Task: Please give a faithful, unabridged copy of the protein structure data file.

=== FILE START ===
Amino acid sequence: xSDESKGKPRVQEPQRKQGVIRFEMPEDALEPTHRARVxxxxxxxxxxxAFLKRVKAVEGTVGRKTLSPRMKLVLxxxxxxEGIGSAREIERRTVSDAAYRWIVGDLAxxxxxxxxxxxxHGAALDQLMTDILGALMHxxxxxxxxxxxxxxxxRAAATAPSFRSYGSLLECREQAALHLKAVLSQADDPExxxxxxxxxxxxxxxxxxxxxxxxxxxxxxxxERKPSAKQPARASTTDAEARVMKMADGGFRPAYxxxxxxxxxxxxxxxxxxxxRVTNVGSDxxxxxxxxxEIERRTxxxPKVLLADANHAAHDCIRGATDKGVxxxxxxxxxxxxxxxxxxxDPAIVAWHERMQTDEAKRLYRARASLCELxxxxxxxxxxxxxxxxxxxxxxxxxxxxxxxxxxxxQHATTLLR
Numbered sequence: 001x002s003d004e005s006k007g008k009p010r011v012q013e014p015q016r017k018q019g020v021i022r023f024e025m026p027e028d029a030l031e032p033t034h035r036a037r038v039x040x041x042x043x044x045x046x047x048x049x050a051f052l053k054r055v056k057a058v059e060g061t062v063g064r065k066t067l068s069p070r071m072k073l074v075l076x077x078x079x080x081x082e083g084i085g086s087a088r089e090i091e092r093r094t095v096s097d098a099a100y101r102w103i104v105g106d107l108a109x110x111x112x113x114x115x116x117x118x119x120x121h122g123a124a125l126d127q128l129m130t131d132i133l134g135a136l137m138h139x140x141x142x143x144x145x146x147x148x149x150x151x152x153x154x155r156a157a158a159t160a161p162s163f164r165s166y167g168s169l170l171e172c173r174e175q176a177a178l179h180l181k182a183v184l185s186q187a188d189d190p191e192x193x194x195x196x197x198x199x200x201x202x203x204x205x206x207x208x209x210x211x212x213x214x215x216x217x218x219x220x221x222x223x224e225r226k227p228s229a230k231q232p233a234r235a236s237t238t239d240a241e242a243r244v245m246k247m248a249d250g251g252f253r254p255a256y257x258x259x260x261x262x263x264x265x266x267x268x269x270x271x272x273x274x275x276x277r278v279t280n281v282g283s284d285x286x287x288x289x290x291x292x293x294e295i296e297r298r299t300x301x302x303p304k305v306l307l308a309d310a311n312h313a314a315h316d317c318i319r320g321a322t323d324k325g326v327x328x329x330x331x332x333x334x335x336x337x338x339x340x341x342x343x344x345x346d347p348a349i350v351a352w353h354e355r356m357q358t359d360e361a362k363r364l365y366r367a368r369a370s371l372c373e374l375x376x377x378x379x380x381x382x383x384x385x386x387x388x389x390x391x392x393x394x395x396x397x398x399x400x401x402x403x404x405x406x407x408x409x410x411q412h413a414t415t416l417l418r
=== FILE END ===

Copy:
Amino acid sequence: xSDESKGKPRVQEPQRKQGVIRFEMPEDALEPTHRARVxxxxxxxxxxxAFLKRVKAVEGTVGRKTLSPRMKLVLxxxxxxEGIGSAREIERRTVSDAAYRWIVGDLAxxxxxxxxxxxxHGAALDQLMTDILGALMHxxxxxxxxxxxxxxxxRAAATAPSFRSYGSLLECREQAALHLKAVLSQADDPExxxxxxxxxxxxxxxxxxxxxxxxxxxxxxxxERKPSAKQPARASTTDAEARVMKMADGGFRPAYxxxxxxxxxxxxxxxxxxxxRVTNVGSDxxxxxxxxxEIERRTxxxPKVLLADANHAAHDCIRGATDKGVxxxxxxxxxxxxxxxxxxxDPAIVAWHERMQTDEAKRLYRARASLCELxxxxxxxxxxxxxxxxxxxxxxxxxxxxxxxxxxxxQHATTLLR
Numbered sequence: 001x002s003d004e005s006k007g008k009p010r011v012q013e014p015q016r017k018q019g020v021i022r023f024e025m026p027e028d029a030l031e032p033t034h035r036a037r038v039x040x041x042x043x044x045x046x047x048x049x050a051f052l053k054r055v056k057a058v059e060g061t062v063g064r065k066t067l068s069p070r071m072k073l074v075l076x077x078x079x080x081x082e083g084i085g086s087a088r089e090i091e092r093r094t095v096s097d098a099a100y101r102w103i104v105g106d107l108a109x110x111x112x113x114x115x116x117x118x119x120x121h122g123a124a125l126d127q128l129m130t131d132i133l134g135a136l137m138h139x140x141x142x143x144x145x146x147x148x149x150x151x152x153x154x155r156a157a158a159t160a161p162s163f164r165s166y167g168s169l170l171e172c173r174e175q176a177a178l179h180l181k182a183v184l185s186q187a188d189d190p191e192x193x194x195x196x197x198x199x200x201x202x203x204x205x206x207x208x209x210x211x212x213x214x215x216x217x218x219x220x221x222x223x224e225r226k227p228s229a230k231q232p233a234r235a236s237t238t239d240a241e242a243r244v245m246k247m248a249d250g251g252f253r254p255a256y257x258x259x260x261x262x263x264x265x266x267x268x269x270x271x272x273x274x275x276x277r278v279t280n281v282g283s284d285x286x287x288x289x290x291x292x293x294e295i296e297r298r299t300x301x302x303p304k305v306l307l308a309d310a311n312h313a314a315h316d317c318i319r320g321a322t323d324k325g326v327x328x329x330x331x332x333x334x335x336x337x338x339x340x341x342x343x344x345x346d347p348a349i350v351a352w353h354e355r356m357q358t359d360e361a362k363r364l365y366r367a368r369a370s371l372c373e374l375x376x377x378x379x380x381x382x383x384x385x386x387x388x389x390x391x392x393x394x395x396x397x398x399x400x401x402x403x404x405x406x407x408x409x410x411q412h413a414t415t416l417l418r